Elsewhere, the coalition partners enter into a formal agreement that includes their target policies and programmes. The agreement is made public, and the government follows it. In Nepal, the agreement amongst coalition partners is never made public. However, an observation of the performance of the government, and the sequence of events that eventually lead to the unravelling of the coalition, provide enough insight into the priorities of the parties in the coalition. Policy and programmes are not one of them. Sharing the spoils of power and the apportionment of plum cabinet and government posts amongst the loyalists of the coalition parties’ leaders seem to dominate the pre-coalition negotiations and the coalition’s agenda. It does not change even when a single-party government is formed.
Coalitions fall when one of the partners is perceived to run afoul of the deal made during the negotiations. The Nepal Communist Party’s civil war, which culminated in Oli’s dissolution of Parliament, started when it became apparent to Dahal that Oli was going to renege on the commitment he had made to him before assuming office. No one, even the senior leaders of the party, knew that Oli had secretly agreed to step down and hand over the prime ministership after two and a half years. Dahal leaked the agreement when he sensed Oli was unlikely to honour it, and then all hell broke loose.
Making our democracy work
Cynics will say nothing—neither a coalition nor a single-party majority government—works in Nepal. But we have no option other than to make our democracy and the governments that come with it work. Multi-party liberal democracy is the governing system we have chosen after decades of fighting the Panchayat dictatorship and Maoist insurgency. The question is: How do we make it work? A pre-requisite for a democracy to be successful is that the people must trust their political leaders and public institutions. The Nepali people trust neither. The current corps of political leaders are regarded as self-serving, two-faced hypocrites. Public institutions are seen as partisan tools of politicians rather than independent, non-partisan authorities.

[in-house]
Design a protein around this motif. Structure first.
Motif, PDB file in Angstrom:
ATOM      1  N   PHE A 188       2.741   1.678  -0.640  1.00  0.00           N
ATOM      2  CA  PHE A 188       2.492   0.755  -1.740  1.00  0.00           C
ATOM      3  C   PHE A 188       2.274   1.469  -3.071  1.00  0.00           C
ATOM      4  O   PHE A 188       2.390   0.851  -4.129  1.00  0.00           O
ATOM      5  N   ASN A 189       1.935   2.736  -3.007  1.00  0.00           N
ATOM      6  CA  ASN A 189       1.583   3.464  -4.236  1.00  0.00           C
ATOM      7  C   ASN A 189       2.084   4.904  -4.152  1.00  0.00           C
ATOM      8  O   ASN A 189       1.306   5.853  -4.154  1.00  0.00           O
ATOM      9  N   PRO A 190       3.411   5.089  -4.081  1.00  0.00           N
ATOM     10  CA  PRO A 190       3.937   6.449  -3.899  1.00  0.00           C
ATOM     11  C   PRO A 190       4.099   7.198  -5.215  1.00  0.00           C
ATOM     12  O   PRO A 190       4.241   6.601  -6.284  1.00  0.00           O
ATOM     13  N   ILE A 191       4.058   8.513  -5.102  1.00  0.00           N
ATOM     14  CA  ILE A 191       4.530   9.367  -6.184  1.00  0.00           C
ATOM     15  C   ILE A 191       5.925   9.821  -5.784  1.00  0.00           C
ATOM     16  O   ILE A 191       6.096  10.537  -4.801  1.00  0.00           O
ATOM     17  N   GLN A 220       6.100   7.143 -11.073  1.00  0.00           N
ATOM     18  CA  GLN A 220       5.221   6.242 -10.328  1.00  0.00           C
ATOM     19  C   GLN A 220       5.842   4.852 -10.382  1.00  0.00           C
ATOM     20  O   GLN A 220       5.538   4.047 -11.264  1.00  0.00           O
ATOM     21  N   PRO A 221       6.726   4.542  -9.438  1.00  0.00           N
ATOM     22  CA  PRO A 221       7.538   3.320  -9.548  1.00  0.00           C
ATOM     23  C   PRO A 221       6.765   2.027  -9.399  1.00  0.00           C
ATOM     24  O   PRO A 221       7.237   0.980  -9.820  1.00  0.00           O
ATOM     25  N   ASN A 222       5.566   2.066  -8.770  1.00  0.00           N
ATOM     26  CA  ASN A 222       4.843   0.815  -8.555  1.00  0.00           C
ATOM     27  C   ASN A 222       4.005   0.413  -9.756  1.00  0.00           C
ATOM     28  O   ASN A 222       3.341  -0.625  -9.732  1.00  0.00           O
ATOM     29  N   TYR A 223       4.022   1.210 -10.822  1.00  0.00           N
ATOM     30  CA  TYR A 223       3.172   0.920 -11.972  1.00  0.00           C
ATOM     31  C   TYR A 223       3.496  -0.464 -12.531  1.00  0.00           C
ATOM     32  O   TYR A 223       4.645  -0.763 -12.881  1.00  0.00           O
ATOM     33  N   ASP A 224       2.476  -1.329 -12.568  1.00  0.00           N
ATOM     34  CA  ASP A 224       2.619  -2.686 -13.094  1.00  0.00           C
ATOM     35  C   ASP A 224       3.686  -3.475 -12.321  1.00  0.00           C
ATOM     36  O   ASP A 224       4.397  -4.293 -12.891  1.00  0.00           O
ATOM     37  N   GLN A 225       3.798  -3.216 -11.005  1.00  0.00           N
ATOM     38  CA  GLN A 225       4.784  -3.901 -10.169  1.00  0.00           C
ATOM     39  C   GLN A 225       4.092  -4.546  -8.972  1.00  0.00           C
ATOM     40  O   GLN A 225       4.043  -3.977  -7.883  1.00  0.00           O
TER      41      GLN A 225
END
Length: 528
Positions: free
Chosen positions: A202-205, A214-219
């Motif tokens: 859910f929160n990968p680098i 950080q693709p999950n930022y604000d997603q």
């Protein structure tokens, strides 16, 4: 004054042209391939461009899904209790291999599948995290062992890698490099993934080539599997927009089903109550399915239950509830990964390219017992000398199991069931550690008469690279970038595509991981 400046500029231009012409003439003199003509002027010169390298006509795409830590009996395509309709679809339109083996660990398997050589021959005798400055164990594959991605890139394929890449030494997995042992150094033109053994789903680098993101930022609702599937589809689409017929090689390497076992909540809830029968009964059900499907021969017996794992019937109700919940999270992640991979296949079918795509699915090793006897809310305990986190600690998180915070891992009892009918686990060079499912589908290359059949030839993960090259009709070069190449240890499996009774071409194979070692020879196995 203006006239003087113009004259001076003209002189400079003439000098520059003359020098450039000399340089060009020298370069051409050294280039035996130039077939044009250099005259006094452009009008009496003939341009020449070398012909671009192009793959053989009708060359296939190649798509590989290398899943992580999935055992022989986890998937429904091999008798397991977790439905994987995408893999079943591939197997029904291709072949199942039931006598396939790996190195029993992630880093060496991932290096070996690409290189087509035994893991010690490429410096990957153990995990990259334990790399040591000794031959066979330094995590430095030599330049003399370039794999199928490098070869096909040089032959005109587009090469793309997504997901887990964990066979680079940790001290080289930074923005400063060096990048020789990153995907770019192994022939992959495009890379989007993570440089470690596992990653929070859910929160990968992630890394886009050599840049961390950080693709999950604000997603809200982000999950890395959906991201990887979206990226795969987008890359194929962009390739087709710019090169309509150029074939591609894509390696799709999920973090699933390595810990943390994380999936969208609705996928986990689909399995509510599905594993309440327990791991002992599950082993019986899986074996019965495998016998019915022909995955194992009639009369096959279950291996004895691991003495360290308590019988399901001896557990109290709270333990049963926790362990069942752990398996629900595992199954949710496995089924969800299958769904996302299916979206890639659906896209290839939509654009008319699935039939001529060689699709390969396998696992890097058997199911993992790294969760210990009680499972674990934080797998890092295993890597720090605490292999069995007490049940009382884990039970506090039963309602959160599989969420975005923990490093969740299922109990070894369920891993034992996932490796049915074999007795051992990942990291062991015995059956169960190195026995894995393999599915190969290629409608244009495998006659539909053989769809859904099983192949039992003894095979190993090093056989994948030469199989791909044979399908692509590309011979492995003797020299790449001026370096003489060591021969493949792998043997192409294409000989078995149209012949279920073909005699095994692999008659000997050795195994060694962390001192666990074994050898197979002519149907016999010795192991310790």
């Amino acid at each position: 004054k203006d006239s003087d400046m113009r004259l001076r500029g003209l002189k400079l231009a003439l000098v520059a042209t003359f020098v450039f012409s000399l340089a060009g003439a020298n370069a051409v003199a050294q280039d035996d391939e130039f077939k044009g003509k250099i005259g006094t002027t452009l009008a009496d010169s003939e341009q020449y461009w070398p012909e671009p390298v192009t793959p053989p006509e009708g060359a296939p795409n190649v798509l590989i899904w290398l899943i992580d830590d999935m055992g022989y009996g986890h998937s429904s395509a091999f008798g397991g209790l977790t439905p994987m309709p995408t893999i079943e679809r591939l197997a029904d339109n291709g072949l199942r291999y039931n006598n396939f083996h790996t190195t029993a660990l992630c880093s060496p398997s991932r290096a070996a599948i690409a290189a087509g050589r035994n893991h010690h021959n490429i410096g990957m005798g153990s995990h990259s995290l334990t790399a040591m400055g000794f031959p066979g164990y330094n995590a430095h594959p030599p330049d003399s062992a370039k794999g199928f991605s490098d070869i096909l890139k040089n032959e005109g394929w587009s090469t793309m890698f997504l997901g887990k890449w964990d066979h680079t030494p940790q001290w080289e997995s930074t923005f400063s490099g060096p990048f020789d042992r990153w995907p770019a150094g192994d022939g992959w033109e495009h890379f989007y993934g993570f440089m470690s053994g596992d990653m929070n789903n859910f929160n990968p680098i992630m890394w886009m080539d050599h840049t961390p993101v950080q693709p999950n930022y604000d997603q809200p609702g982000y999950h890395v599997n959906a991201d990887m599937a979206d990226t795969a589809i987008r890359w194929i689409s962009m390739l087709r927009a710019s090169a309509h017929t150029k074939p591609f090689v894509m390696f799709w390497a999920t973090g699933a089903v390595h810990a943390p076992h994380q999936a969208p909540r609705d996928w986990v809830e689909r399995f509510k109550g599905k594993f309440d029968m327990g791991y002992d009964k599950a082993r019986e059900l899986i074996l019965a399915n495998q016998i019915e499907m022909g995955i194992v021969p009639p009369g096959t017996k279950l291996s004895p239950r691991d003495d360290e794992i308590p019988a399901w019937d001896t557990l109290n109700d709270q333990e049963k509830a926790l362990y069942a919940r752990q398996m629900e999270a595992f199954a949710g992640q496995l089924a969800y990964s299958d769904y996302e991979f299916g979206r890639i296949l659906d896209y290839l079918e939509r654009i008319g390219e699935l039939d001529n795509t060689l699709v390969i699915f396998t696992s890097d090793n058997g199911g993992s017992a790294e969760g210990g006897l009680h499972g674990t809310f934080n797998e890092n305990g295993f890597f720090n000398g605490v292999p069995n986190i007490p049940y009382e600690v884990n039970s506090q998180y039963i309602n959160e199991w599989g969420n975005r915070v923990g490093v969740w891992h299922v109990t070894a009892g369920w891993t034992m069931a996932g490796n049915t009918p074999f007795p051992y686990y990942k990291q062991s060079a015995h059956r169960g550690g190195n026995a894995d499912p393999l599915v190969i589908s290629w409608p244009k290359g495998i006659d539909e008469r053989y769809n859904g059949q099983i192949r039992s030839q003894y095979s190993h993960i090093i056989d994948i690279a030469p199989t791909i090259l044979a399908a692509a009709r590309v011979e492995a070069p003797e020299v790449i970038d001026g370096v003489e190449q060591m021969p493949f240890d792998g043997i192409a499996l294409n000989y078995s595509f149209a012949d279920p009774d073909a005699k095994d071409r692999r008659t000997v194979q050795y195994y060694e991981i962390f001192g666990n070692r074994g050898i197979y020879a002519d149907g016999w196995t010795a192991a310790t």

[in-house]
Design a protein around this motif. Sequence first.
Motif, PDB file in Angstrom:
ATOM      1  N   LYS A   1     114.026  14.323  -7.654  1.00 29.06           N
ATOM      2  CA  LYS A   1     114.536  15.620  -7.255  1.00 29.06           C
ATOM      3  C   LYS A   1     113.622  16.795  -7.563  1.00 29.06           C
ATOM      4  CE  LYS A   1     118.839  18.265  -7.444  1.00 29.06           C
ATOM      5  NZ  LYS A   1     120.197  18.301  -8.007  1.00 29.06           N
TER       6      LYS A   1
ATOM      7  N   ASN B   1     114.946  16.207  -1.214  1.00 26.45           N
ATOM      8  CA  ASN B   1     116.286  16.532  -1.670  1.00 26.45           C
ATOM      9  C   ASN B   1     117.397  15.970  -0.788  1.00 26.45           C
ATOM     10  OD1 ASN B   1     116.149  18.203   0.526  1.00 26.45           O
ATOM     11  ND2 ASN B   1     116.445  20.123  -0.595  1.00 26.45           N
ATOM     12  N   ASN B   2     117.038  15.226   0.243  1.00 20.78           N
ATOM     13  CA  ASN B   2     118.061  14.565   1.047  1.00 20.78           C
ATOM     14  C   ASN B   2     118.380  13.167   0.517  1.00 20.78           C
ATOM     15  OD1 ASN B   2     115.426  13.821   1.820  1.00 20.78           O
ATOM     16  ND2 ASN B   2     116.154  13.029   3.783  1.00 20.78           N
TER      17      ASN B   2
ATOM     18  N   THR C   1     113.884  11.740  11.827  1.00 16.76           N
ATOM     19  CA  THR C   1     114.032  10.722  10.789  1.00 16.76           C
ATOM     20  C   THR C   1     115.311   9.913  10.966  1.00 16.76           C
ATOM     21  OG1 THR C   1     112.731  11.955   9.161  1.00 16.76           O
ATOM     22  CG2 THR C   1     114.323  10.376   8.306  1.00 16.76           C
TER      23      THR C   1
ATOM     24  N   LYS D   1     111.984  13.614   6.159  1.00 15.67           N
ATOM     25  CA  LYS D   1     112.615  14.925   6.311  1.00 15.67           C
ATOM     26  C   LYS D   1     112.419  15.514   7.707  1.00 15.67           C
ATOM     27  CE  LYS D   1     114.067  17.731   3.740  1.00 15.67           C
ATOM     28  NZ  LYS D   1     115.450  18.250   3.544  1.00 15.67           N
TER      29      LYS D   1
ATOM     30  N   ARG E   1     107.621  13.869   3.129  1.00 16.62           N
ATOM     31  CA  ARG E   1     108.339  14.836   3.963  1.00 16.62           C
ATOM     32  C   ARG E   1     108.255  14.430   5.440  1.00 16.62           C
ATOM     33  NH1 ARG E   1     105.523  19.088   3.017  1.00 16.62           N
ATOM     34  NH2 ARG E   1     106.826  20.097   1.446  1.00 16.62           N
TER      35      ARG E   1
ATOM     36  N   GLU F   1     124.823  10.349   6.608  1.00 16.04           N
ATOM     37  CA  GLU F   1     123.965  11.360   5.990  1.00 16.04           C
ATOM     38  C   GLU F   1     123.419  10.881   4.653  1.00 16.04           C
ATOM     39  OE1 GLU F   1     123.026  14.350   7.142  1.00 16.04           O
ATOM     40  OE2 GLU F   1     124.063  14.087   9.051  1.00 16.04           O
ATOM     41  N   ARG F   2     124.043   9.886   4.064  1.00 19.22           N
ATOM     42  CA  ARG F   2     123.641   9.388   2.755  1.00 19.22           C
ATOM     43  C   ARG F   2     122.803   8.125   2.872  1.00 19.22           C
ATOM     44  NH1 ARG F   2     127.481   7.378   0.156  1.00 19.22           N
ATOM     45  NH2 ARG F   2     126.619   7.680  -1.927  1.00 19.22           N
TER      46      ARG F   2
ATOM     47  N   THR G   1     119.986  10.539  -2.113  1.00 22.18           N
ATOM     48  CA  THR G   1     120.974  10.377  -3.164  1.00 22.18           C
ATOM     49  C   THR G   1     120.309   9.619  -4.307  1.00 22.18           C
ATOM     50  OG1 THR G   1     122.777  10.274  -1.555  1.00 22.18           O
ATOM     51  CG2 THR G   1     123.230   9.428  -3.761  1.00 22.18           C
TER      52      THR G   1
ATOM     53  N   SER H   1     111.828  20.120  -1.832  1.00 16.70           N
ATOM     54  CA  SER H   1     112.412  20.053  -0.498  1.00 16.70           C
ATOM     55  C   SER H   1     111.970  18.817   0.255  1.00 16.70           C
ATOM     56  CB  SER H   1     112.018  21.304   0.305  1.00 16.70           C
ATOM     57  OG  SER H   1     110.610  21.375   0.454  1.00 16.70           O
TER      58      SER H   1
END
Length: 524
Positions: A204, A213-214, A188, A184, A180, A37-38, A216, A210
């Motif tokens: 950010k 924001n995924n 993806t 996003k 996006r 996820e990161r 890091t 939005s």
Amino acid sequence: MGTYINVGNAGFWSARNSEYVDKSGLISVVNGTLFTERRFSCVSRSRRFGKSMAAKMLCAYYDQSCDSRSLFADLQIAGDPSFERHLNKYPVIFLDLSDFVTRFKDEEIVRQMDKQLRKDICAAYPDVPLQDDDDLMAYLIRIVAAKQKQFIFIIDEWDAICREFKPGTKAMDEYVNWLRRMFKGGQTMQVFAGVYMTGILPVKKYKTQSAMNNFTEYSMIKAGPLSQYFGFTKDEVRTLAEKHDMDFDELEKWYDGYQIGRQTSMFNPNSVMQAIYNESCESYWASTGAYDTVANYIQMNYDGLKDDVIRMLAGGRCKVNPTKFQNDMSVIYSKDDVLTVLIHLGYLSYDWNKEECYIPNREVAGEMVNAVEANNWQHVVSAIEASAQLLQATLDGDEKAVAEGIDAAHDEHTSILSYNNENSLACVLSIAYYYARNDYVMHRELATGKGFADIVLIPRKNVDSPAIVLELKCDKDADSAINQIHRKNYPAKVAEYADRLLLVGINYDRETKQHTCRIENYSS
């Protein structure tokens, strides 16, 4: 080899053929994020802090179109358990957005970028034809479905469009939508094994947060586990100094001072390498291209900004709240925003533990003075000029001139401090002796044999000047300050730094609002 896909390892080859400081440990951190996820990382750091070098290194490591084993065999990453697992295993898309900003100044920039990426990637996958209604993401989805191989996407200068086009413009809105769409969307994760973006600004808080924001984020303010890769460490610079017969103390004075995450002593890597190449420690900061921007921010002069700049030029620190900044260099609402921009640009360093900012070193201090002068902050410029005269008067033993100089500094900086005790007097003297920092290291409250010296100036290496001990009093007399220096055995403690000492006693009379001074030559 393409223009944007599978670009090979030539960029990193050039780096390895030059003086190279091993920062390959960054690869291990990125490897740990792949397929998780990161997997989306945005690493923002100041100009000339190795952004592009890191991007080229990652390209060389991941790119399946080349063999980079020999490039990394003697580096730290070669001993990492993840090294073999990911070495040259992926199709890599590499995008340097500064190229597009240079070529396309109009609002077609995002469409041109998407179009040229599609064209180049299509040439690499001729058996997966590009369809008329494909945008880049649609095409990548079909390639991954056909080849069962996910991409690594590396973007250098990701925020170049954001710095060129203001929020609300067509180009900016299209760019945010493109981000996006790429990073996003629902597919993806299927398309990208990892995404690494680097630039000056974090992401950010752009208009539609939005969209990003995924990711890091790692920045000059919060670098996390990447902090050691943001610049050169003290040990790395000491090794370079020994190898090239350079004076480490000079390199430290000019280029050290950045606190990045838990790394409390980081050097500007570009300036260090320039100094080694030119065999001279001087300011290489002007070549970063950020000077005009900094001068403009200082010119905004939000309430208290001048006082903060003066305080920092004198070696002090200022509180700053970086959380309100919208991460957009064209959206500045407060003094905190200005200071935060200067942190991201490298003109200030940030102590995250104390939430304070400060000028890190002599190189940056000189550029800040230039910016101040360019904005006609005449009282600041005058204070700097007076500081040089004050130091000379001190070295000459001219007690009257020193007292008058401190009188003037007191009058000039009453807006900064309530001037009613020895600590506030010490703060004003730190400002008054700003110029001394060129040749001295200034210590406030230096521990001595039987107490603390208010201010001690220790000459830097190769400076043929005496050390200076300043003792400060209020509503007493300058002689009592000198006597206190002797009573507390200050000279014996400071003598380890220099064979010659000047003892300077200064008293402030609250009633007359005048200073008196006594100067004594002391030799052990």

The ideal way to build trust would be for the new government to rein in political corruption and depoliticise public institutions. Ideally, the government is led by a younger leader—bold, ethical and visionary with an understanding of the aspirations of the younger generation and commitment to deliver. That is unlikely to happen as all major political parties are controlled by the old, failed leaders of yesterday. They are not going to hand over power to the younger generation. And the younger generation is unlikely to rise to the top unless internal democracy within political parties is expanded.
For the time being, the country will have to live with one of the old leaders—Deuba, Oli, Nepal or Dahal—as the head of the new coalition. Civil society and the media have a major role in making the new coalition work for the people. They played a major role in exposing Oli’s egregious act of dissolving Parliament as they did in forcing the Oli administration to withdraw the faulty Guthi Bill. They should launch a campaign to pass a law requiring the new coalition partners to declare the terms of their agreement, and keep a vigil on the workings of the alliance. The campaign inside political parties for the expansion of internal democracy needs to be intensified.